In the Maze, life was easy. They had food, and shelter, and safety . . . until Teresa triggered the end. In the world outside the Maze, however, the end was triggered long ago.
Burned by sun flares and baked by a new, brutal climate, the earth is a wasteland. Government has disintegrated—and with it, order—and now Cranks, people covered in festering wounds and driven to murderous insanity by the infectious disease known as the Flare, roam the crumbling cities hunting for their next victim . . . and meal.
The Gladers are far from finished with running. Instead of freedom, they find themselves faced with another trial. They must cross the Scorch, the most burned-out section of the world, and arrive at a safe haven in two weeks. And WICKED has made sure to adjust the variables and stack the odds against them.
Thomas can only wonder—does he hold the secret of freedom somewhere in his mind? Or will he forever be at the mercy of WICKED?
The thing that started to really irk me was how kids kept dying and Thomas didn’t even seem to care. He doesn’t even bother learning half their names. And I swear, he spent more of the book asleep or passed out than conscious. The book took forever to get moving and then the payoff was minimal.
And his girlfriend’s situation is needlessly complicated and frustrating, again.
By the time I finished the second book, I wasn’t interested in reading the third and final in the series.
The Death Cure looks interesting, don’t get me wrong. I read about the first 30 pages just to find out what happened after the cliffhanger ending in the second book, but felt no desire to go any farther than that.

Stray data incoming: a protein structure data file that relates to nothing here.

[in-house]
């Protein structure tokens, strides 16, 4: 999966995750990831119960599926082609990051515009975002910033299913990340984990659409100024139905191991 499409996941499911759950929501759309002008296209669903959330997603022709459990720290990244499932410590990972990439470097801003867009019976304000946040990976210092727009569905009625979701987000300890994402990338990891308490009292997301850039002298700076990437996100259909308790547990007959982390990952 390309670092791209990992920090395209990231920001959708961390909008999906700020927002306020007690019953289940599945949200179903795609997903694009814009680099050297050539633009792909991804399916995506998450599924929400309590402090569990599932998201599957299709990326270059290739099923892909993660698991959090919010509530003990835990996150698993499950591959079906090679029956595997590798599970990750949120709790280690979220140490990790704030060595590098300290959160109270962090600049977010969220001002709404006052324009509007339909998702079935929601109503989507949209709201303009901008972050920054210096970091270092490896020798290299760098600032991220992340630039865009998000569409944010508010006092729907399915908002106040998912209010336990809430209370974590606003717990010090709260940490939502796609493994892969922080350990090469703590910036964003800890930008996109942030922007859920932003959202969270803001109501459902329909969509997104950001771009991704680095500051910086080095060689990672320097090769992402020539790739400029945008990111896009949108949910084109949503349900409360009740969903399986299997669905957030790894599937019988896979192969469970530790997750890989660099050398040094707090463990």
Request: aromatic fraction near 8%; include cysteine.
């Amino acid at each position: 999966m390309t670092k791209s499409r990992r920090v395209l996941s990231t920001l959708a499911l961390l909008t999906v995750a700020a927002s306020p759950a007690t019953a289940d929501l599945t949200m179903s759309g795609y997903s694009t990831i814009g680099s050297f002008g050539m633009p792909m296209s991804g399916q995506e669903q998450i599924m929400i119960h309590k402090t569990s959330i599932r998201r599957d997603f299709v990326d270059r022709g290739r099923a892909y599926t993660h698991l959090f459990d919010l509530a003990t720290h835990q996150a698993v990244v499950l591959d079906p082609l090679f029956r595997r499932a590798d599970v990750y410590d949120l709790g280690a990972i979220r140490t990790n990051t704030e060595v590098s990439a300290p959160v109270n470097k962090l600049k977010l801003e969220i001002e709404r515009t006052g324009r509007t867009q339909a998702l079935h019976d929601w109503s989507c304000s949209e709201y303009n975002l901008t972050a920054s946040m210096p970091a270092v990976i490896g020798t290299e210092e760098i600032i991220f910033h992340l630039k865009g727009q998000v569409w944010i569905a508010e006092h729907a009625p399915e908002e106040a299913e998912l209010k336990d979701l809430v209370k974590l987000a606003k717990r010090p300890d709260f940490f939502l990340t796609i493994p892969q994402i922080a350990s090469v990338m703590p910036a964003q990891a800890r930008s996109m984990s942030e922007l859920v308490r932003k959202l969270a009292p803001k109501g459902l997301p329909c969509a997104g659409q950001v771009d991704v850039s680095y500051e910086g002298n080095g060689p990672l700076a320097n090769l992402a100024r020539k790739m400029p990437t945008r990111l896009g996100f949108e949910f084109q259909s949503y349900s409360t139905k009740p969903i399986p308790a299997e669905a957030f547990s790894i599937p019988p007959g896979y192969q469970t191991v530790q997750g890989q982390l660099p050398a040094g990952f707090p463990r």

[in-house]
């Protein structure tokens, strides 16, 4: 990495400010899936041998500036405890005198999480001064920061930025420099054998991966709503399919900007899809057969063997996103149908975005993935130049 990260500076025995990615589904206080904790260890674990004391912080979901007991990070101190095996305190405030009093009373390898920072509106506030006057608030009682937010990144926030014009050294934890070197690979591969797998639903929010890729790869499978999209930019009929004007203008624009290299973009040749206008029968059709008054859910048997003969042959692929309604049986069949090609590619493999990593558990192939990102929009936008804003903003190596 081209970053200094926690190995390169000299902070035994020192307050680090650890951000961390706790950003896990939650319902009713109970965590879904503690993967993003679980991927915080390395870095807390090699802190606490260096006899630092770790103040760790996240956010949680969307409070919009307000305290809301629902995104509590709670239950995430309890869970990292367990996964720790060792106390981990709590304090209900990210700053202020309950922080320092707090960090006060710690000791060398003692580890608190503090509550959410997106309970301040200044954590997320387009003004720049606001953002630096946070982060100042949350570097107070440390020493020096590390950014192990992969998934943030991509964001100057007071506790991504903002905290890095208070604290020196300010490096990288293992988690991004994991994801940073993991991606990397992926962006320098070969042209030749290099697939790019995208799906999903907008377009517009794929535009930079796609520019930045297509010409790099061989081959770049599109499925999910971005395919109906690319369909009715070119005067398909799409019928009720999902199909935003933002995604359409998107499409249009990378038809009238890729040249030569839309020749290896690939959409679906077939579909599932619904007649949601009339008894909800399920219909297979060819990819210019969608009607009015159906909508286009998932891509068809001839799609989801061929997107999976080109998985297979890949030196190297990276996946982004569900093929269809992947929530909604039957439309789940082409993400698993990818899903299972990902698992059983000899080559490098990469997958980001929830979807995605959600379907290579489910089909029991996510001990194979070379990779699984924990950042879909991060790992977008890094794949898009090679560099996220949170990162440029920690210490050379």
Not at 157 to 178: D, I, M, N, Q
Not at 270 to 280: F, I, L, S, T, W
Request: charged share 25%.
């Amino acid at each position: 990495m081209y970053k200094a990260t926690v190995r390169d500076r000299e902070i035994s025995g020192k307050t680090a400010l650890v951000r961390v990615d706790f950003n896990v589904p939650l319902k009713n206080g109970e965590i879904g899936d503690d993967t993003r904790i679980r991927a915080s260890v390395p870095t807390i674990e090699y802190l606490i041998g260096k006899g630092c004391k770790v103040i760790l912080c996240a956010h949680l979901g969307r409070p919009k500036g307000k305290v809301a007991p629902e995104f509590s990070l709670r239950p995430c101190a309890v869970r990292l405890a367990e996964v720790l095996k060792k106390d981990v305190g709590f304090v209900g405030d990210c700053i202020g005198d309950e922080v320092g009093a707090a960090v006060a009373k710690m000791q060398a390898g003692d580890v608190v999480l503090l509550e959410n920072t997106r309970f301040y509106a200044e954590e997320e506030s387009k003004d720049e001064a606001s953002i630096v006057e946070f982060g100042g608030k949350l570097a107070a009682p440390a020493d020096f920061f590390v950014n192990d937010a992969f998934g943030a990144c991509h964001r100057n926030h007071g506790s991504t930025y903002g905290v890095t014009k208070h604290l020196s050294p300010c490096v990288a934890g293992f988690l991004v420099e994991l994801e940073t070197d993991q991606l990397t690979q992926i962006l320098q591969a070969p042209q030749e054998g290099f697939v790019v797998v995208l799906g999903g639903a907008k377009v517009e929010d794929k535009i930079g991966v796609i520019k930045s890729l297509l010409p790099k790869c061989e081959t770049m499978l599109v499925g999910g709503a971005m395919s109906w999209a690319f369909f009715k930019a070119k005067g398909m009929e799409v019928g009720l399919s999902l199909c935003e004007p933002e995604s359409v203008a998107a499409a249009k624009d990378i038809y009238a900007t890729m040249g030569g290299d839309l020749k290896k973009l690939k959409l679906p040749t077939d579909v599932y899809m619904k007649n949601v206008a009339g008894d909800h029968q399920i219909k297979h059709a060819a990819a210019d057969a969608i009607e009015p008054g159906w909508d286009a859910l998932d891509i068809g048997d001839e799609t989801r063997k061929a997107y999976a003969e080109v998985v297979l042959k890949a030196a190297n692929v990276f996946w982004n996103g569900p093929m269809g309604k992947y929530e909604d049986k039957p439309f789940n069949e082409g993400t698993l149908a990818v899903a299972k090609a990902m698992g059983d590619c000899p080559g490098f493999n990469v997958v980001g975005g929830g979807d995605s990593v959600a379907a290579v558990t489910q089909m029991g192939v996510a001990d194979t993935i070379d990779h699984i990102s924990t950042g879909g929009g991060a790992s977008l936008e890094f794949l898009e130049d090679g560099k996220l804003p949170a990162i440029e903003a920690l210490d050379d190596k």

Especially after I read reviews online and they all said the same thing: more questions, no answers. I was so frustrated with the first two books, the last thing I needed was to force my way through the third book only to still not know what the heck just happened.
Book Summary (From Goodreads):
Thomas knows that Wicked can’t be trusted, but they say the time for lies is over, that they’ve collected all they can from the Trials and now must rely on the Gladers, with full memories restored, to help them with their ultimate mission. It’s up to the Gladers to complete the blueprint for the cure to the Flare with a final voluntary test.
What Wicked doesn’t know is that something’s happened that no Trial or Variable could have foreseen. Thomas has remembered far more than they think. And he knows that he can’t believe a word of what Wicked says.
The time for lies is over. But the truth is more dangerous than Thomas could ever imagine.
Will anyone survive the Death Cure?
Apparently, Dasher also released a prequel that answered all of the questions the trilogy didn’t, but in my eyes, if you can’t complete a satisfying trilogy without a prequel released later, you’ve not succeeded. And honestly, I didn’t feel like the need to have the questions answered was enough to make me sit through two more books. I didn’t even like the main character! I just couldn’t make myself do it (but I did read about the ending online and I’m glad I didn’t bother going forward.)
That being said, A LOT of people absolutely LOVE these books. Some found the ending satisfying and like Thomas. I just wasn’t one of those people.
I would still recommend people read these books if they like action. These books are fantastic thrillers, but as far as story goes, they might fall a little short. If you’re okay with that and just want a book you’ll speed through in less than three days, then definitely check these out.
Oh! And I should add that these are PERFECT for teenage boys. I know some parents are always looking for “boy books” and this one definitely fits the bill.